For this month’s next review for Genre Grandeur – Alternate Love Story Movies, here’s a review of Mannequin (1987) by S.G. Liput of Rhyme and Reason
Thanks again to Abbi of Abbiosbiston.com for choosing this month’s genre.
Next month’s Genre has been chosen by Tim of FilmFunkel We will be reviewing our favorite Found Footage movies. In order to get a better idea as to what this genre might include, check out this post by Tim.
Please get me your submissions by the 25th of December by sending them to TisTheFFSeason@movierob.net Try to think out of the box! Great choice Tim!
Let’s see what S.G. thought of this movie:
Look in the window and what do you see?
A mannequin posing and staring at thee,
Standing there motionless, waiting for night,
Waiting for you to get out of her sight.
Then when you’re gone, who’s to say what occurs,
What fun she might have, what companions are hers?
The store is now empty, the window is closed.
She can be herself without being exposed.
MPAA rating: PG-13 (for much innuendo)
Mannequins seem to be versatile. The Twilight Zone episode “The After Hours” employed them for mystery and suspense, while Lars and the Real Girl used a life-size doll to depict the main character’s need to grow and personal fulfillment. And then, there’s 1987’s Mannequin, which is just a silly comedy. It’s silly, yes, but likably so, and though critics have dismissed it as lowbrow rubbish, it’s gained a cult following of its own.
When Ema Hesire, or Emmy (Kim Cattrall), begs the gods of ancient Egypt to grant her a better future, her wish is granted, and her historical misadventures are animated during the opening credits. It’s not until that great decade of time travel, the 1980s, that she finds her true love in overly meticulous sculptor Jonathan Switcher (Andrew McCarthy). After creating his perfect mannequin, a series of vocational mishaps lands him at the failing department store Prince & Company, where he becomes the favorite of both its elderly owner (Estelle Getty) and its newest mannequin. Emmy comes to life only when she and Switcher are alone, and to the befuddlement of his ex-girlfriend, his coworkers, and various rivals, Switcher falls in love with an apparent dummy.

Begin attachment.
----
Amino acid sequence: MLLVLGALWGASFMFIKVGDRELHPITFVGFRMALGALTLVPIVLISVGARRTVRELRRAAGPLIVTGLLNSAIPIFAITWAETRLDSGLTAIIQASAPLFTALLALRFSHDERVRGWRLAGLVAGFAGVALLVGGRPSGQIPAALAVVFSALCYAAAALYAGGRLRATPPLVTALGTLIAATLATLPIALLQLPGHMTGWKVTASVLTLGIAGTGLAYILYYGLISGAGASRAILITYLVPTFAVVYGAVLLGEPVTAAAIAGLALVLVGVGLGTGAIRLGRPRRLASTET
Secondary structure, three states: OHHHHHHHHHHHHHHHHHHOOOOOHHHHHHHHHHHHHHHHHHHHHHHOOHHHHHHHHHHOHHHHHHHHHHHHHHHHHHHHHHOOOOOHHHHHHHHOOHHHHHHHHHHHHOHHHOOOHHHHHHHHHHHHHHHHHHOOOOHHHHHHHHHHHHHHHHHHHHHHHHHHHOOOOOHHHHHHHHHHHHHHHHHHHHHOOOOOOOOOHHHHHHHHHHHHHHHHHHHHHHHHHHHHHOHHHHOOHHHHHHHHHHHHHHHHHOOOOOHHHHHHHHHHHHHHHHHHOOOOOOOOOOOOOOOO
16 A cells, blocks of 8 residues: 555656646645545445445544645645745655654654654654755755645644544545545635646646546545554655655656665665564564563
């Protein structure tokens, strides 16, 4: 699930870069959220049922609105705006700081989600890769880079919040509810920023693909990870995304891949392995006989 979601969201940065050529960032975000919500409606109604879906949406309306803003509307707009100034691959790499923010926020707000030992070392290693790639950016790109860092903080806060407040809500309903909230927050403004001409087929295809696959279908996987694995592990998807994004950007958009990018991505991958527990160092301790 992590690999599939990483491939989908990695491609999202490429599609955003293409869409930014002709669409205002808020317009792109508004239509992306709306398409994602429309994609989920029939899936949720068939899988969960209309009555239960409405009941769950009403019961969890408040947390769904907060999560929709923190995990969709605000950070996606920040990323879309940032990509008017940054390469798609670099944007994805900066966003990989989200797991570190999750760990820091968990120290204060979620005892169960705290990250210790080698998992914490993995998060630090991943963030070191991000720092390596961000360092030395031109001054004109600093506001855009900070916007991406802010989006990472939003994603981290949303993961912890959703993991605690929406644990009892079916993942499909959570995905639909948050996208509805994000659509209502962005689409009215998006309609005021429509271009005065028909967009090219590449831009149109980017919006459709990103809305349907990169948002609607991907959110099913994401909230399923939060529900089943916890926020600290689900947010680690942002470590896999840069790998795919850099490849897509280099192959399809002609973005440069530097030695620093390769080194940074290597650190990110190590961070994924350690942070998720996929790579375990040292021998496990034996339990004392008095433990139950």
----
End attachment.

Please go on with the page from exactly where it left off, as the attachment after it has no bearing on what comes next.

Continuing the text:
I can see why detractors have torn into Mannequin. The comedy is far from laugh-out-loud, but it’s consistently amusing, even when it devolves into silly ‘80s slapstick. The film is also full of clichés and stereotypes, from haughty executive Richards (James Spader) to sex-crazed Latin lover Armand (Christopher Maher), and of course ridiculously flamboyant window dresser Hollywood Montrose (Meshach Taylor). Hollywood in particular is such a garish stereotype of homosexuals that his behavior makes you want to turn to the person next to you with that you’ve-got-to-be-kidding-me kind of glance. (Or am I the only one who does that?) Still, these roles are examples of versatile acting, since Spader has gone on to much more dramatic roles (The Blacklist, Ultron) and Taylor’s normal role on Designing Women was a huge contrast.
Luckily, the main focus is on Cattrall and McCarthy, and their late-night romping through the empty department store is just plain cute and fun. For me, though, the best role and lines go to G.W. Bailey of M*A*S*H fame, who plays security guard Felix Maxwell with just the right amount of frank stupidity, accompanied by his bulldog Rambo.
All in all, Mannequin doesn’t try to be anything deep, though it still earned an Oscar nomination for Best Original Song for Starship’s theme “Nothing’s Gonna Stop Us Now.” It’s a film where Egyptians look like Kim Cattrall (at her prettiest, I might add), and a mere display window can save a failing store and leave people gawking on the sidewalk. It’s inane but charming, and for whatever reason, I can’t help but like it.
Best line: (Felix, with a quotable line) “Switcher, you are one sick puppy!”
Rank: List Runner-Up
© 2015 S. G. Liput
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